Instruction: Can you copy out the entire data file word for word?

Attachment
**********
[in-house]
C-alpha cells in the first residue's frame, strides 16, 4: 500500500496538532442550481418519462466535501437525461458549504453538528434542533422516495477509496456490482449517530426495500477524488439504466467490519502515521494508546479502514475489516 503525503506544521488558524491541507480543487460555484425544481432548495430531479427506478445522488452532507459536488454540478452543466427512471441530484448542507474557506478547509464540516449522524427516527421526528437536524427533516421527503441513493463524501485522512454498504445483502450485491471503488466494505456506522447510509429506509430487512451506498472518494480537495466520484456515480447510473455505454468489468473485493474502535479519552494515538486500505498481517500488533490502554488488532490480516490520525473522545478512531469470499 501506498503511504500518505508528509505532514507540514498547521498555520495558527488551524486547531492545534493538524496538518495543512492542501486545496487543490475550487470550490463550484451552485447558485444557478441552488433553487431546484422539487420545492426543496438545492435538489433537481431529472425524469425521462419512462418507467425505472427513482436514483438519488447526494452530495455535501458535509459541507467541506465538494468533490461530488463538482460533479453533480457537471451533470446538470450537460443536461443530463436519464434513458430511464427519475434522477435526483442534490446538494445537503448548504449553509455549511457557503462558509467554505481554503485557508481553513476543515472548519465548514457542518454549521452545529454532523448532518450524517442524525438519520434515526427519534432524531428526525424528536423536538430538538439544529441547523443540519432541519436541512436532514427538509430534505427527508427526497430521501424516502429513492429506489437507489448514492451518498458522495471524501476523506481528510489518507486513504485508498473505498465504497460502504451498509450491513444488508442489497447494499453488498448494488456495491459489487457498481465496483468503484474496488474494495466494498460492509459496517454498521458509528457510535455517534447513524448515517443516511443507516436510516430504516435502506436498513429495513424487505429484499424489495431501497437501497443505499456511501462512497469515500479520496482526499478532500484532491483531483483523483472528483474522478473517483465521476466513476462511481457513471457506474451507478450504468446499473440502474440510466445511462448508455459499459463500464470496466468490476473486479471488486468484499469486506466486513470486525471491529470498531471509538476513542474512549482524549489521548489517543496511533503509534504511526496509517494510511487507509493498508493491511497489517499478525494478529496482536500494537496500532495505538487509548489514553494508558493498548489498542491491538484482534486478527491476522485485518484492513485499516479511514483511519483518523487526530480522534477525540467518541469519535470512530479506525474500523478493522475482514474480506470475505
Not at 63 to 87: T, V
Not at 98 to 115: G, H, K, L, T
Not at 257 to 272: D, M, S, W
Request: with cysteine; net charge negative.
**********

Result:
[in-house]
C-alpha cells in the first residue's frame, strides 16, 4: 500500500496538532442550481418519462466535501437525461458549504453538528434542533422516495477509496456490482449517530426495500477524488439504466467490519502515521494508546479502514475489516 503525503506544521488558524491541507480543487460555484425544481432548495430531479427506478445522488452532507459536488454540478452543466427512471441530484448542507474557506478547509464540516449522524427516527421526528437536524427533516421527503441513493463524501485522512454498504445483502450485491471503488466494505456506522447510509429506509430487512451506498472518494480537495466520484456515480447510473455505454468489468473485493474502535479519552494515538486500505498481517500488533490502554488488532490480516490520525473522545478512531469470499 501506498503511504500518505508528509505532514507540514498547521498555520495558527488551524486547531492545534493538524496538518495543512492542501486545496487543490475550487470550490463550484451552485447558485444557478441552488433553487431546484422539487420545492426543496438545492435538489433537481431529472425524469425521462419512462418507467425505472427513482436514483438519488447526494452530495455535501458535509459541507467541506465538494468533490461530488463538482460533479453533480457537471451533470446538470450537460443536461443530463436519464434513458430511464427519475434522477435526483442534490446538494445537503448548504449553509455549511457557503462558509467554505481554503485557508481553513476543515472548519465548514457542518454549521452545529454532523448532518450524517442524525438519520434515526427519534432524531428526525424528536423536538430538538439544529441547523443540519432541519436541512436532514427538509430534505427527508427526497430521501424516502429513492429506489437507489448514492451518498458522495471524501476523506481528510489518507486513504485508498473505498465504497460502504451498509450491513444488508442489497447494499453488498448494488456495491459489487457498481465496483468503484474496488474494495466494498460492509459496517454498521458509528457510535455517534447513524448515517443516511443507516436510516430504516435502506436498513429495513424487505429484499424489495431501497437501497443505499456511501462512497469515500479520496482526499478532500484532491483531483483523483472528483474522478473517483465521476466513476462511481457513471457506474451507478450504468446499473440502474440510466445511462448508455459499459463500464470496466468490476473486479471488486468484499469486506466486513470486525471491529470498531471509538476513542474512549482524549489521548489517543496511533503509534504511526496509517494510511487507509493498508493491511497489517499478525494478529496482536500494537496500532495505538487509548489514553494508558493498548489498542491491538484482534486478527491476522485485518484492513485499516479511514483511519483518523487526530480522534477525540467518541469519535470512530479506525474500523478493522475482514474480506470475505
Not at 63 to 87: T, V
Not at 98 to 115: G, H, K, L, T
Not at 257 to 272: D, M, S, W
Request: with cysteine; net charge negative.